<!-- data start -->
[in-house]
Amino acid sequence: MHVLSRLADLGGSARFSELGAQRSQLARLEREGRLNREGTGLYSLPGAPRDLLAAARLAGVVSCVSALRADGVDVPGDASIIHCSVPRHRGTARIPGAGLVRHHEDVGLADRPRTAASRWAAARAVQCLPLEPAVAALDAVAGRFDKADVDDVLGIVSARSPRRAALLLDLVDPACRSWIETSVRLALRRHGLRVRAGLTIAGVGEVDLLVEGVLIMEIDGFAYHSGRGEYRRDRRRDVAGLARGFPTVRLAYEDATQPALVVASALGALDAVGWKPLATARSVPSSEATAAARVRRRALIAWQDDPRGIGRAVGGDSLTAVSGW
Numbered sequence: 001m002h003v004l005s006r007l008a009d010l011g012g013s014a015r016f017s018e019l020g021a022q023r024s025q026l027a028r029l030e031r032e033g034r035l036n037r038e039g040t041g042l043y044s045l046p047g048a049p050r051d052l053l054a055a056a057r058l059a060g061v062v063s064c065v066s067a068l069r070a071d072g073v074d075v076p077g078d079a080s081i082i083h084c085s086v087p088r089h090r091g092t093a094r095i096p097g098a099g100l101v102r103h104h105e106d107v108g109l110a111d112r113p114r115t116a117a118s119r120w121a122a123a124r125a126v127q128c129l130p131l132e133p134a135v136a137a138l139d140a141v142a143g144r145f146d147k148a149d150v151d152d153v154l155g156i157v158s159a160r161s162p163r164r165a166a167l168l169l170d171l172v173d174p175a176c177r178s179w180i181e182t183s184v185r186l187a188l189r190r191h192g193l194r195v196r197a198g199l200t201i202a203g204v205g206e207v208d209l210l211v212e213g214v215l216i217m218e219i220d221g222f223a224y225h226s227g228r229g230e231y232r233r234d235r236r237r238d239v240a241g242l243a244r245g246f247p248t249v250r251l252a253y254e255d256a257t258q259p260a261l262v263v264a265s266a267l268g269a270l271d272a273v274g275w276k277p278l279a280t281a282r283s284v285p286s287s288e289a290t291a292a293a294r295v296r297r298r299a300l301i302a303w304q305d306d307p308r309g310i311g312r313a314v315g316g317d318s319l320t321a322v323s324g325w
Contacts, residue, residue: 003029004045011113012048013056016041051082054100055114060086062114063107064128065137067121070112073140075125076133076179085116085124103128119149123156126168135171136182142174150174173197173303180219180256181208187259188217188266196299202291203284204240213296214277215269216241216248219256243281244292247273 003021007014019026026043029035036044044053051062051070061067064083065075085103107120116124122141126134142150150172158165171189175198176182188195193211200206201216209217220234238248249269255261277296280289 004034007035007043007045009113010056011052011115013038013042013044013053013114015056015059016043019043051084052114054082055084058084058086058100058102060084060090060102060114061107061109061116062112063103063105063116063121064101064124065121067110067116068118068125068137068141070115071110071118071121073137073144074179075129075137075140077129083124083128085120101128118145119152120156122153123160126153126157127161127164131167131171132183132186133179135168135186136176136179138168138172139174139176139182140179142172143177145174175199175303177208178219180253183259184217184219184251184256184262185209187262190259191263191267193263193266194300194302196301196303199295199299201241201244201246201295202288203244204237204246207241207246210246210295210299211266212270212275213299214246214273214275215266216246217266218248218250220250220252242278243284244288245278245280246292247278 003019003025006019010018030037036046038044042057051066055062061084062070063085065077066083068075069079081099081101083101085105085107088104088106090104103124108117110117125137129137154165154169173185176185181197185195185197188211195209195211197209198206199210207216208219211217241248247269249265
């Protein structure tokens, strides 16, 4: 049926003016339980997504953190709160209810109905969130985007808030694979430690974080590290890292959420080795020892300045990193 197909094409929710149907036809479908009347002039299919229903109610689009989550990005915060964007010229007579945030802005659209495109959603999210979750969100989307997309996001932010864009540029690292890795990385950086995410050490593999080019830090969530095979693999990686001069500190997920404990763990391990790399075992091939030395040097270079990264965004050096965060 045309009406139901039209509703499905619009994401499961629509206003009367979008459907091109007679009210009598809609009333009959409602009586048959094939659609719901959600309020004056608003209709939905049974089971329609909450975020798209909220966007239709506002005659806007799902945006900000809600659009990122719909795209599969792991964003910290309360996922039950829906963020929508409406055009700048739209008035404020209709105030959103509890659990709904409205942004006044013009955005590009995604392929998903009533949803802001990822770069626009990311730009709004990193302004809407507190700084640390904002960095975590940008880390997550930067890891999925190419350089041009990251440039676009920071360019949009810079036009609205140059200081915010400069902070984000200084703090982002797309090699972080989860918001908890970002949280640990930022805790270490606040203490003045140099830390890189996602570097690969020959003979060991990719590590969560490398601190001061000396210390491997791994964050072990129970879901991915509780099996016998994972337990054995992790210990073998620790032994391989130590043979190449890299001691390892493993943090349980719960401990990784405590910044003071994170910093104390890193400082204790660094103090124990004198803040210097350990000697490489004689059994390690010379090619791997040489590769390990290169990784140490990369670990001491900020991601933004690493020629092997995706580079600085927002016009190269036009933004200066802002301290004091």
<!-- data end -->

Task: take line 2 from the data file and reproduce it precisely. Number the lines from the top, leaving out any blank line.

Amino acid sequence: MHVLSRLADLGGSARFSELGAQRSQLARLEREGRLNREGTGLYSLPGAPRDLLAAARLAGVVSCVSALRADGVDVPGDASIIHCSVPRHRGTARIPGAGLVRHHEDVGLADRPRTAASRWAAARAVQCLPLEPAVAALDAVAGRFDKADVDDVLGIVSARSPRRAALLLDLVDPACRSWIETSVRLALRRHGLRVRAGLTIAGVGEVDLLVEGVLIMEIDGFAYHSGRGEYRRDRRRDVAGLARGFPTVRLAYEDATQPALVVASALGALDAVGWKPLATARSVPSSEATAAARVRRRALIAWQDDPRGIGRAVGGDSLTAVSGW